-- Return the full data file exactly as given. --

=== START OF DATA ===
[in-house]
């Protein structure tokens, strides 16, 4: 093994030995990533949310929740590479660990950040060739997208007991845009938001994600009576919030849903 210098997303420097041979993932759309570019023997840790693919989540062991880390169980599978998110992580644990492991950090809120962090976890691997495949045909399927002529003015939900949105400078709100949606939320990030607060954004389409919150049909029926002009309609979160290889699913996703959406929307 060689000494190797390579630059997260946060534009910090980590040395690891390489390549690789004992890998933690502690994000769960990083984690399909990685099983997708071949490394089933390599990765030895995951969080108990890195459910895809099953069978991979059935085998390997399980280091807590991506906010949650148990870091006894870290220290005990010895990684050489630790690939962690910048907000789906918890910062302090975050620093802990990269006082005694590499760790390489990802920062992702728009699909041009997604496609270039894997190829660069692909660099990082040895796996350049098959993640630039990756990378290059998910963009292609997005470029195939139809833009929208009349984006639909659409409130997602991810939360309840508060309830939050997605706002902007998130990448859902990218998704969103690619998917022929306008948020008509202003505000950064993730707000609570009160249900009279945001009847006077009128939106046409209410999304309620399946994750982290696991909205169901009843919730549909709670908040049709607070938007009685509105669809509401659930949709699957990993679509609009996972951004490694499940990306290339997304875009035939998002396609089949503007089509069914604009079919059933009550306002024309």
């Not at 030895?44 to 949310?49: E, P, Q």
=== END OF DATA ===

[in-house]
């Protein structure tokens, strides 16, 4: 093994030995990533949310929740590479660990950040060739997208007991845009938001994600009576919030849903 210098997303420097041979993932759309570019023997840790693919989540062991880390169980599978998110992580644990492991950090809120962090976890691997495949045909399927002529003015939900949105400078709100949606939320990030607060954004389409919150049909029926002009309609979160290889699913996703959406929307 060689000494190797390579630059997260946060534009910090980590040395690891390489390549690789004992890998933690502690994000769960990083984690399909990685099983997708071949490394089933390599990765030895995951969080108990890195459910895809099953069978991979059935085998390997399980280091807590991506906010949650148990870091006894870290220290005990010895990684050489630790690939962690910048907000789906918890910062302090975050620093802990990269006082005694590499760790390489990802920062992702728009699909041009997604496609270039894997190829660069692909660099990082040895796996350049098959993640630039990756990378290059998910963009292609997005470029195939139809833009929208009349984006639909659409409130997602991810939360309840508060309830939050997605706002902007998130990448859902990218998704969103690619998917022929306008948020008509202003505000950064993730707000609570009160249900009279945001009847006077009128939106046409209410999304309620399946994750982290696991909205169901009843919730549909709670908040049709607070938007009685509105669809509401659930949709699957990993679509609009996972951004490694499940990306290339997304875009035939998002396609089949503007089509069914604009079919059933009550306002024309």
């Not at 030895?44 to 949310?49: E, P, Q």